Washington relied on the Kurdish People’s Protection Units (YPG) to lead the ground fighting to drive Islamic State from its Syrian strongholds. The U.S. rulers were unwilling to pay the political price in deaths and injuries by deploying its own ground forces. Instead, they provided arms and air cover to the YPG and stationed their small troop deployment in areas of eastern Syria that the YPG controls. The Kurds are an oppressed people who have fought for their national rights against the rulers in Iran, Iraq, Turkey, as well as in Syria.

During Syria’s civil war the YPG carved out an autonomous Kurdish zone that the Syrian government vows to retake. Their territory lies on the border of the Kurdish-majority region in Turkey.

Ankara threatens war on Kurds

With Trump’s withdrawal announcement, the YPG feared it would be left to face attacks from the capitalist rulers in Turkey. The government of Turkish President Recep Tayyip Erdogan has massed troops and tanks on the border and pledged to invade and destroy the YPG, fearing its gains will inspire Kurds in Turkey to step up efforts to win autonomy there.

In the wake of the Trump administration’s announcement of plans to pull out, the Turkish government said it would hold off its threatened assault on the YPG. Around 300 Syrian government troops were deployed to the outskirts of Manbij in late December, after the YPG called on the Syrian government to defend the town from Ankara’s threatened assault. For now U.S.-led coalition jets and attack helicopters continue to fly over the area and the YPG-led Manbij Military Council controls the town.

The U.S. administration is pressing the Turkish regime to back off its invasion threats and take more responsibility for assuring “stability” in Syria. When Trump told Erdogan on the phone he intended to withdraw, he said, “It’s yours,” the Washington Post reported.

The 2,000 troops Washington says it will withdraw from Syria are not central to its drive against the Iranian rulers expanding military influence. Trump dispatched Secretary of State Mike Pompeo to meet with Israeli President Benjamin Netanyahu Jan. 1 to organize stepped-up collaboration in the region.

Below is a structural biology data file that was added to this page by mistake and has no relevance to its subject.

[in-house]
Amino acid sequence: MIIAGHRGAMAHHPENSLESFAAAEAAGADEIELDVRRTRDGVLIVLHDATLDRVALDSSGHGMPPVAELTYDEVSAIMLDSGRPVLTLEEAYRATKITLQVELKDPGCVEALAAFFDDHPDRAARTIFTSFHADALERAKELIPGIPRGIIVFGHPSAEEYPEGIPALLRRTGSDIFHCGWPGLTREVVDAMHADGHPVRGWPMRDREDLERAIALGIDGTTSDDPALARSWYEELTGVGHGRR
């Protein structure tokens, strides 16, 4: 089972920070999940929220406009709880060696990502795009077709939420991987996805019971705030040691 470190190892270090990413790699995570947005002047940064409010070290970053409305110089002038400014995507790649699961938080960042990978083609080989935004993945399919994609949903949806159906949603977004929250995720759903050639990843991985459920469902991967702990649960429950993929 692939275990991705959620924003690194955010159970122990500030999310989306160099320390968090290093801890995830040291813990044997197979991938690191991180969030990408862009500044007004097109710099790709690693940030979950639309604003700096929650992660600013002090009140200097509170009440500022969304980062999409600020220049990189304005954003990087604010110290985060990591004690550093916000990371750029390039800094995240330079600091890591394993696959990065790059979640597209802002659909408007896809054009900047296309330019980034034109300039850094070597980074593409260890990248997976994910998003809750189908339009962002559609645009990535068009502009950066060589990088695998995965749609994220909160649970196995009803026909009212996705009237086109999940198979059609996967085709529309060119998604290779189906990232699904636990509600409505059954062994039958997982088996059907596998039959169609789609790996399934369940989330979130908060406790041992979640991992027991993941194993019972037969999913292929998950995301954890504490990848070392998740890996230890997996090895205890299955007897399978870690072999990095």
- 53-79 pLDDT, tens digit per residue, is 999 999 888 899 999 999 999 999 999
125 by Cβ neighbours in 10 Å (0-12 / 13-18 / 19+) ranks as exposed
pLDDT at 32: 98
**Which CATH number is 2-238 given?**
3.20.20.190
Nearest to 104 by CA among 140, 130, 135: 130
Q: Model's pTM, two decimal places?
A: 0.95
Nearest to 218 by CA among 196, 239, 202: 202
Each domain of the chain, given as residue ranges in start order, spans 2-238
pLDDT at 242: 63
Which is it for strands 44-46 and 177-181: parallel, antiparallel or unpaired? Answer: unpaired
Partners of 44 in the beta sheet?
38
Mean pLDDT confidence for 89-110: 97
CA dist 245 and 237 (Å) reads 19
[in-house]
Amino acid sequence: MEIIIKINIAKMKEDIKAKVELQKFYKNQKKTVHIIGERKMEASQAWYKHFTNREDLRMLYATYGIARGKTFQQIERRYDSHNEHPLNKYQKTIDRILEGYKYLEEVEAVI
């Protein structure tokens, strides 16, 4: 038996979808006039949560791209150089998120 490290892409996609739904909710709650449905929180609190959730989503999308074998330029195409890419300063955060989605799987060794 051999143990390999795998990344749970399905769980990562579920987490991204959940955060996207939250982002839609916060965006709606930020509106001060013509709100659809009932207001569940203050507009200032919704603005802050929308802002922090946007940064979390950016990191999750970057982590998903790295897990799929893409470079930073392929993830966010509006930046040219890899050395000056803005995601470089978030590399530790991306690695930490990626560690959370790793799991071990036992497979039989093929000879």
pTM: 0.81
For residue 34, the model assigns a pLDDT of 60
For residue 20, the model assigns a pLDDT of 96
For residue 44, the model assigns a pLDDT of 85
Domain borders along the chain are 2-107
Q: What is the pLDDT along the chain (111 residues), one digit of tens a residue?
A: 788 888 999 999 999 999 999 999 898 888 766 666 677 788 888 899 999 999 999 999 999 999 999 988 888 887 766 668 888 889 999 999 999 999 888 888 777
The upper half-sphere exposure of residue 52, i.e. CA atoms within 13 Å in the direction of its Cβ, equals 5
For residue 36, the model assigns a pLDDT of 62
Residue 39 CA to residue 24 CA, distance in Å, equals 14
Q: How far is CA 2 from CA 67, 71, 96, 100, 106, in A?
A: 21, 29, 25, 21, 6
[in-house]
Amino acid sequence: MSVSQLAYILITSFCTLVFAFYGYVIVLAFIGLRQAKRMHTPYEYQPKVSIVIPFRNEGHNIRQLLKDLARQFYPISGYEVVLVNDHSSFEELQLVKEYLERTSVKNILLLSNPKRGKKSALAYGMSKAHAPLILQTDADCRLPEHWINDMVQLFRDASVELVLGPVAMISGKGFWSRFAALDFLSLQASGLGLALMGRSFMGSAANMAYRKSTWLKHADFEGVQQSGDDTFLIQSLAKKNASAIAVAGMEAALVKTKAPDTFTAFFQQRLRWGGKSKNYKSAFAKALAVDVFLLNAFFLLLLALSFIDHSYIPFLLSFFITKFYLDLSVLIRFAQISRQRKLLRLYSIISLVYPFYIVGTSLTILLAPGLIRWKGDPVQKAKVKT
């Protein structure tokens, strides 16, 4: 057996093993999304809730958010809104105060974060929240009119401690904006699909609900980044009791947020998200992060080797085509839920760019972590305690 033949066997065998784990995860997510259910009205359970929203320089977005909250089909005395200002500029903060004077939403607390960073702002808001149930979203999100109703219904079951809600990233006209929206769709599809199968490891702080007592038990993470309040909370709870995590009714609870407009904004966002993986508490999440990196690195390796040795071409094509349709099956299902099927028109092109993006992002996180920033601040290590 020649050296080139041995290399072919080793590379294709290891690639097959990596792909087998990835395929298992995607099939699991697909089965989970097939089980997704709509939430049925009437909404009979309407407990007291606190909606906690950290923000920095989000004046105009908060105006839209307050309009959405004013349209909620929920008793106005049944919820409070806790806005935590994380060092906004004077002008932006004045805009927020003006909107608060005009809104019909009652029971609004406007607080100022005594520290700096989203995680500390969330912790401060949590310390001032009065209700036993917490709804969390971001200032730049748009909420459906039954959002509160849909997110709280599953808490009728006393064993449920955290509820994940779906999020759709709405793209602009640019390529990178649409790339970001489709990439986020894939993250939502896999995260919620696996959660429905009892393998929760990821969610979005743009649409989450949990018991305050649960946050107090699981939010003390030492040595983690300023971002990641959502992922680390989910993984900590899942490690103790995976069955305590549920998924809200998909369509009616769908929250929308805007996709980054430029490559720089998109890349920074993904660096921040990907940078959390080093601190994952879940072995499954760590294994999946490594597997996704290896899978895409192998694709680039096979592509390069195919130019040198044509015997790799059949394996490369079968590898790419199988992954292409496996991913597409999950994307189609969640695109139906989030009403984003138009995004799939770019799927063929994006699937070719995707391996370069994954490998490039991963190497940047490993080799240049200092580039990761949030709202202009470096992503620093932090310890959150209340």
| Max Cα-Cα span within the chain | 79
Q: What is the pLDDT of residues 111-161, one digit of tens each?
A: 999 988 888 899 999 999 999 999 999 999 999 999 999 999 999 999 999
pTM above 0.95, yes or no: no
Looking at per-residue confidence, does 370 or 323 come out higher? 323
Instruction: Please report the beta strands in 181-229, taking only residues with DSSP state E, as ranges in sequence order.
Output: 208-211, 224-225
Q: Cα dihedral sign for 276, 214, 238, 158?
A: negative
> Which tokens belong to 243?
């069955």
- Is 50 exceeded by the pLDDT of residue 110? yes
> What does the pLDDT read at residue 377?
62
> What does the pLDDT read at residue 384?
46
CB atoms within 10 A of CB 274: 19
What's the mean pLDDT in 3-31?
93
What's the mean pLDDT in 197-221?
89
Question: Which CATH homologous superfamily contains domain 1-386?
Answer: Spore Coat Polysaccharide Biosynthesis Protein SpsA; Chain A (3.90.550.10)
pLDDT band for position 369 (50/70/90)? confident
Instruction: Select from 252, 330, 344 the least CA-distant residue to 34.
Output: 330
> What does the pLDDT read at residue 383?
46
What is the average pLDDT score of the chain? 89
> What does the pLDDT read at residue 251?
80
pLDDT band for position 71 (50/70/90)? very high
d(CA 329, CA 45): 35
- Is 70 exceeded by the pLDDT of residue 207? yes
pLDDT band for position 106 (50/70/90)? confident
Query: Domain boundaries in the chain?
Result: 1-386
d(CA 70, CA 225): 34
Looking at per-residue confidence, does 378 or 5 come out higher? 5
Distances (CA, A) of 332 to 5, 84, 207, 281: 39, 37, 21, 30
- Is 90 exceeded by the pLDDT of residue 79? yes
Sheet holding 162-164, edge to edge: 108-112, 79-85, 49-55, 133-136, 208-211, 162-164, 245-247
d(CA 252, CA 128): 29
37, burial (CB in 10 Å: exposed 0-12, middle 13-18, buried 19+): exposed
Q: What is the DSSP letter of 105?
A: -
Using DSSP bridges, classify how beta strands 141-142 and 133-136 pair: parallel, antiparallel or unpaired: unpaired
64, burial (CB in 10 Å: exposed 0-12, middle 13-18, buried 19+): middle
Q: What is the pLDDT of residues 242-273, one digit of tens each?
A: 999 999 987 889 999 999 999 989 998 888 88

“The counter I[slamic] S[tate] campaign continues, our efforts to counter Iranian aggression continues, and our commitment to Middle East stability and the protection of Israel continues in the same way,” Pompeo told Netanyahu.

Days after the troop withdrawal announcement, the Israeli rulers Dec. 25 bombed an arms depot controlled by the Iranian Revolutionary Guard near Damascus, the Syrian capital.

And the U.S. rulers are having success in forcing their capitalist rivals to go along with their expanding sanctions on Iran, which have sharply affected the country’s oil exports. The subsequent rise in prices of basic necessities has hit working people there hard.

The president’s withdrawal announcement was opposed by forces within his own administration who disagree with his general course. Defense Secretary James Mattis resigned.

The announcement was also denounced by Republican Sen. Lindsey Graham, who claimed it was “a big gift” to Tehran and the Iranian rulers’ moves to expand their reach.

Trump placated some of his critics when he said the U.S. withdrawal would be done “slowly,” taking at least four months, to assure it is done in a “safe and orderly” manner. After meeting with Trump Dec. 30, Graham backtracked on his criticism.

Both the administration and its opponents who press for more direct military intervention seek to advance the predatory interests of the U.S. capitalist rulers.